So how can we improve upon the Developer Questions forum? It need to be changed. All those sorts of questions belong in either New Member Questions, or in General Discussion. Developer Questions should be closed off to be read-only, or, even better, make it like the News forum, where only the Devs can post a new topic, but community members can respond as they see fit. Then add a question submission form somewhere, from which the questions are not publicly visible, and the developers can pick and choose which ones they wish to respond to, and post them in the forum. While having that forum open promotes the "openness" of communication, it only works if the developers actually respond to the vast majority of threads in that forum. So close it off a little, and answer all questions in that forum. It will make the community happy to see their questions answered by the developers, and it will make the developers happy because they can deal with whichever questions they want, ignore the really bad ones.

 

Okay, this post has gotten way too long. Next time I'll continue this discussion about the FLS community, specifically talking about IRC as well as the beta process.

My Involvement with Flying Lab Software

Posted by Daveman424 Monday September 24 2007 at 9:27AM
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Hi there! I'm not sure how much exposure this is going to get, but I just feel like this would be a good place to put my thoughts down on paper.

My name is Clackling. I'm currently the site manager of http://kol.coldfront.net, a fansite for The Kingdom of Loathing. Also on Coldfront is our PotBS fansite, which works very closely with Flying Lab. So that's how I got into Pirates of the Burning Sea. Also, I remembered a former staff member of Coldfront, Rhaegar, had gotten hired by FLS, and so I knew it had to be good.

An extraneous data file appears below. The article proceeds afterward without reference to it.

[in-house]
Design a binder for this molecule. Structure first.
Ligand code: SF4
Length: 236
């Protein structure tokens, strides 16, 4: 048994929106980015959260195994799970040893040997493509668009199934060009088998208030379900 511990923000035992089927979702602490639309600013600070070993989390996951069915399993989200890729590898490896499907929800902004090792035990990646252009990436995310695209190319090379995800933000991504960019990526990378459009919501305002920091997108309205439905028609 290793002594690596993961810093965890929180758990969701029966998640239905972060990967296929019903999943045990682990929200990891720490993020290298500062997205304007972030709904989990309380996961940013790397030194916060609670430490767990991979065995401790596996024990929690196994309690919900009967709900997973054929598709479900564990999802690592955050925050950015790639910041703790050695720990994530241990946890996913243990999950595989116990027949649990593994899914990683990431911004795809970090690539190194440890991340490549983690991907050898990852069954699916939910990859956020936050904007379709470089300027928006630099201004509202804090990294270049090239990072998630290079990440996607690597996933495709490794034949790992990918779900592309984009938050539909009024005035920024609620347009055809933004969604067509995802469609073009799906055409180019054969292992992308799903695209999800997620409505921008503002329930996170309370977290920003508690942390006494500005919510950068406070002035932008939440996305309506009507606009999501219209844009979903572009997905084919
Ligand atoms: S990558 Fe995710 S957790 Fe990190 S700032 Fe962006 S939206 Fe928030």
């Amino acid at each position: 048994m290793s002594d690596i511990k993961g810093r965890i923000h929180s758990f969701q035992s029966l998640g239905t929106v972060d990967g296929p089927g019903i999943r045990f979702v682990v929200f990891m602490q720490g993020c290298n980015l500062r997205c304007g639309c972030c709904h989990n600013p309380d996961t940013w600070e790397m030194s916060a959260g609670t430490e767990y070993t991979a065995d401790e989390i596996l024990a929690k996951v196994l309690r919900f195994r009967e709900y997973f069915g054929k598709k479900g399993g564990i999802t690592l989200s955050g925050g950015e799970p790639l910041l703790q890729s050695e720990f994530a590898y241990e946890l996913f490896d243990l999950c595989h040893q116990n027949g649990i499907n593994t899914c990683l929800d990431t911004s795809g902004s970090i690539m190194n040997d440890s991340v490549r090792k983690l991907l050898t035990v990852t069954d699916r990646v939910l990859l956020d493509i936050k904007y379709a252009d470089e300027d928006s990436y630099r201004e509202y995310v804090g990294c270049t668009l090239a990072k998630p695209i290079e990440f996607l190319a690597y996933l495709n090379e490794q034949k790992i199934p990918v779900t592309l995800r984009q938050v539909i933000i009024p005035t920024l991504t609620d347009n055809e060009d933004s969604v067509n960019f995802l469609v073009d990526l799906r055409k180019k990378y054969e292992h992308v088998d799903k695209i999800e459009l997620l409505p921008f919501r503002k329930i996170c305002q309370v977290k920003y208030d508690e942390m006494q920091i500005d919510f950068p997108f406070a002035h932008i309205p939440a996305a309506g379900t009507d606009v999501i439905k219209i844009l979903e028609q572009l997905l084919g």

Between a combination of IRC and PotBS's forums, I've become very involved in the community. I've made friends with many people in FLS, since they're so good at communicating with their fans, and I love being involved. I've always had this part of me that refuses to pay monthly fees for MMO's. I completely understand the necessity to charge a monthly fee, but I just can't commit to spending that sort of money. However, PotBS may be the first game that will convince me otherwise. Not because of the gameplay, which DOES look really original and fun, but because of the community that has risen around it. I like the people here, and I think that's what I've been looking for in a game. WoW is HUGE, and I feel completely lost any time I try out a free trial. EVE is awesome, but again, I feel completely lost.

Maybe it's the fact that I joined FLS's community before they launched the game, I don't know. The point is, I've found a niche that I like, and I hope to stick to it for a long time.

 

Next time, I'll post about the pros and cons about FLS as a company. As in, what I think they do right, and what I think they could improve upon.